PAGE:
An Auckland woman who found a clump of fly eggs on her KFC chicken says the discovery made her feel "sick to her stomach".
Taryn Cumming told Stuff she found the clump of eggs on a Wicked Wing, after she had already eaten four pieces of an eight pack.
"I was sick to my stomach, and then I was worrying because I'm breastfeeding my baby too"
Cumming said she fed her baby formula for the following day and a half as a precaution, but luckily he's not showing any signs of illness.
She posted in a Facebook group on Monday warning others to check their food before they eat it.
Cumming complained to KFC New Lynn, and to Uber Eats which gave her a full refund straight away, she said.
A KFC spokeswoman said the fast-food chain is addressing the "isolated incident" with an internal investigation.
There have been several other stories of people discovering fly eggs in their KFC chicken. In 2019 one man blasted the chain for serving him contaminated chicken - but the fast food restaurant disputed the claim, saying it was "very unlikely this situation happened pre-purchase".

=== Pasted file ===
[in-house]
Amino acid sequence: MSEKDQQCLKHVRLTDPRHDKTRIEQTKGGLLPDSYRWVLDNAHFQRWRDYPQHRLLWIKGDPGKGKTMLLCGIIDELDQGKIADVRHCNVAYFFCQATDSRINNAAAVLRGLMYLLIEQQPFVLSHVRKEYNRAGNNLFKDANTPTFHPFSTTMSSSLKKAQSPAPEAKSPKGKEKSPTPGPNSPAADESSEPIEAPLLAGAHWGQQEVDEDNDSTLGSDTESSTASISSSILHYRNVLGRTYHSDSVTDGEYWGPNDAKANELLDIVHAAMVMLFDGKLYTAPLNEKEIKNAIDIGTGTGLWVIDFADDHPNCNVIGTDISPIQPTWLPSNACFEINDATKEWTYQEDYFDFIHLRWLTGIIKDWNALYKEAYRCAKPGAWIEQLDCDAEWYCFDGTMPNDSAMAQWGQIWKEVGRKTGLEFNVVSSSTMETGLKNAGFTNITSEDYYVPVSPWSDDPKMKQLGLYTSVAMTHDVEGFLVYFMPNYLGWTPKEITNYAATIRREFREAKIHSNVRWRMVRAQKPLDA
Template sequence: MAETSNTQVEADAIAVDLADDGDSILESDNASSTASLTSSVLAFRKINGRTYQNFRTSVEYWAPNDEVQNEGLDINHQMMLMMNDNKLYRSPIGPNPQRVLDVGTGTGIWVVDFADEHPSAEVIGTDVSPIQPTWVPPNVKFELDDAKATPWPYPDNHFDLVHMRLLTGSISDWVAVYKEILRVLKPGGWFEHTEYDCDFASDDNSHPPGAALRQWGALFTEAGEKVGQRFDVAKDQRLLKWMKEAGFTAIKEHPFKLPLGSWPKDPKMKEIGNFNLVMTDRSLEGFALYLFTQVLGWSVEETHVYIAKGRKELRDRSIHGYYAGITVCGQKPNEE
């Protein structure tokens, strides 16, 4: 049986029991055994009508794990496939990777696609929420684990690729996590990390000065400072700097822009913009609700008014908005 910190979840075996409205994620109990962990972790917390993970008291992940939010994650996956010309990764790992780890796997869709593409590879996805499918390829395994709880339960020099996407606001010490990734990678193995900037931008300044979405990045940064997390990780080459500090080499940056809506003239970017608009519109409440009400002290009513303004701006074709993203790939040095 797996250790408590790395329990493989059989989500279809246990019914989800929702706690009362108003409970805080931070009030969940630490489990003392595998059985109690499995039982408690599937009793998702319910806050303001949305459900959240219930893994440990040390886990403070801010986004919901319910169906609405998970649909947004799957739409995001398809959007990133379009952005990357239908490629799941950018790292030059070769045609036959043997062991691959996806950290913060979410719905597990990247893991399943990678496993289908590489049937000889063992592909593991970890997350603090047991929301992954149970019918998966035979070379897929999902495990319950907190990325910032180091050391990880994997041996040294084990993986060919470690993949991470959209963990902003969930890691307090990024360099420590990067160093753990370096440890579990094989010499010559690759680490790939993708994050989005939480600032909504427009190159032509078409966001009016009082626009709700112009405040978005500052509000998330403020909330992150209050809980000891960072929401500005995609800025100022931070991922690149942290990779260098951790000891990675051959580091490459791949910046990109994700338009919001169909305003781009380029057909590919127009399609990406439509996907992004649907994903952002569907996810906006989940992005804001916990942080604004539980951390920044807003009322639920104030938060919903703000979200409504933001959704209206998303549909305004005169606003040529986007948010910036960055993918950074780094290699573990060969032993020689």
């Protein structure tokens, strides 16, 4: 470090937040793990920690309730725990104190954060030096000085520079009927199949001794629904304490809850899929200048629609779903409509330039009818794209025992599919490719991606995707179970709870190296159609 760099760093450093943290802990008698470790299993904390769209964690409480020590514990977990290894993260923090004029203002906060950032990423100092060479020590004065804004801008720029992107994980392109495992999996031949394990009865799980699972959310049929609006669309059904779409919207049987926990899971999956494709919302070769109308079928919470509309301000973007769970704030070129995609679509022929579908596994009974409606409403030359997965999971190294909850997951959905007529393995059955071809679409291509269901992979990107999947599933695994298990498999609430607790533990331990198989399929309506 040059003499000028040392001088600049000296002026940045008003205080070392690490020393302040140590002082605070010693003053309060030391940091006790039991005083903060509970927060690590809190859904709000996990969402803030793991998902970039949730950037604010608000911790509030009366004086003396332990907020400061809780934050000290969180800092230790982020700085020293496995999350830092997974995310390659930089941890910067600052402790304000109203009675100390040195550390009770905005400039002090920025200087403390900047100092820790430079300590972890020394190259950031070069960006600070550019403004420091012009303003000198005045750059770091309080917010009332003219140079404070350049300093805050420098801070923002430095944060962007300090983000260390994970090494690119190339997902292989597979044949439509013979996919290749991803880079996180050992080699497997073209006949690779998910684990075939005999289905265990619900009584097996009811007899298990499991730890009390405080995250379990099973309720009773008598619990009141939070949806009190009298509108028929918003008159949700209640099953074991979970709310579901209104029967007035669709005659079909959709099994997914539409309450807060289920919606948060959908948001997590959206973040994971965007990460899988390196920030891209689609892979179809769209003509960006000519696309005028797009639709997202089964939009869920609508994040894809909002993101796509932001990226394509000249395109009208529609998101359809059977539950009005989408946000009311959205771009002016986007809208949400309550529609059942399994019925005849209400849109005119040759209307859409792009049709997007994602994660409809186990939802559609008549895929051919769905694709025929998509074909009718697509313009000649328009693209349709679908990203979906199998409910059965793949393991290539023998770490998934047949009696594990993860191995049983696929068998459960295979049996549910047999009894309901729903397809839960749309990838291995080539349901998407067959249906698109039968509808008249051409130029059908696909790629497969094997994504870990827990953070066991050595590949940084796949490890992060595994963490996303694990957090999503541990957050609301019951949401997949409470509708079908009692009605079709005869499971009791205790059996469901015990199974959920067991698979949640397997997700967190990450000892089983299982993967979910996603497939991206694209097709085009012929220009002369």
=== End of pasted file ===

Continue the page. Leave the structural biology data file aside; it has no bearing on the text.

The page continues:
"Our strict food safety procedures in-store mean any contamination like this can only occur after the product leaves the store, particularly if it is left sitting un-refrigerated where flies and other contaminants can access it," says Geraldine Oldham, general manager of marketing for Restaurant Brands.
"We note in the customer's own image, there is a dead fly next to the chicken, which suggests it was left open to contamination once the customer left the store. The eggs are present within the cavity of the chicken and not on the surface of the skin, which again suggests it had been eaten and then been left uncovered."
While it is revolting, eating fly eggs is unlikely to lead to any serious health complications.
The risk is that flies carry harmful bacteria they have picked up with them throughout the course of the day, according to Medical News Today.
Larvae laid by the flies can ingest this bacteria and then in turn, humans who ingest the larvae can get sick.
Salmonella and e.Coli are examples of what can be transmitted - though this is unlikely.
Medical News Today recommends a person who has accidentally ingested fly eggs or larvae should see a doctor if they experience persistent abdominal pain, diarrhea for more than three days, a fever or visible larvae or blood in their stools.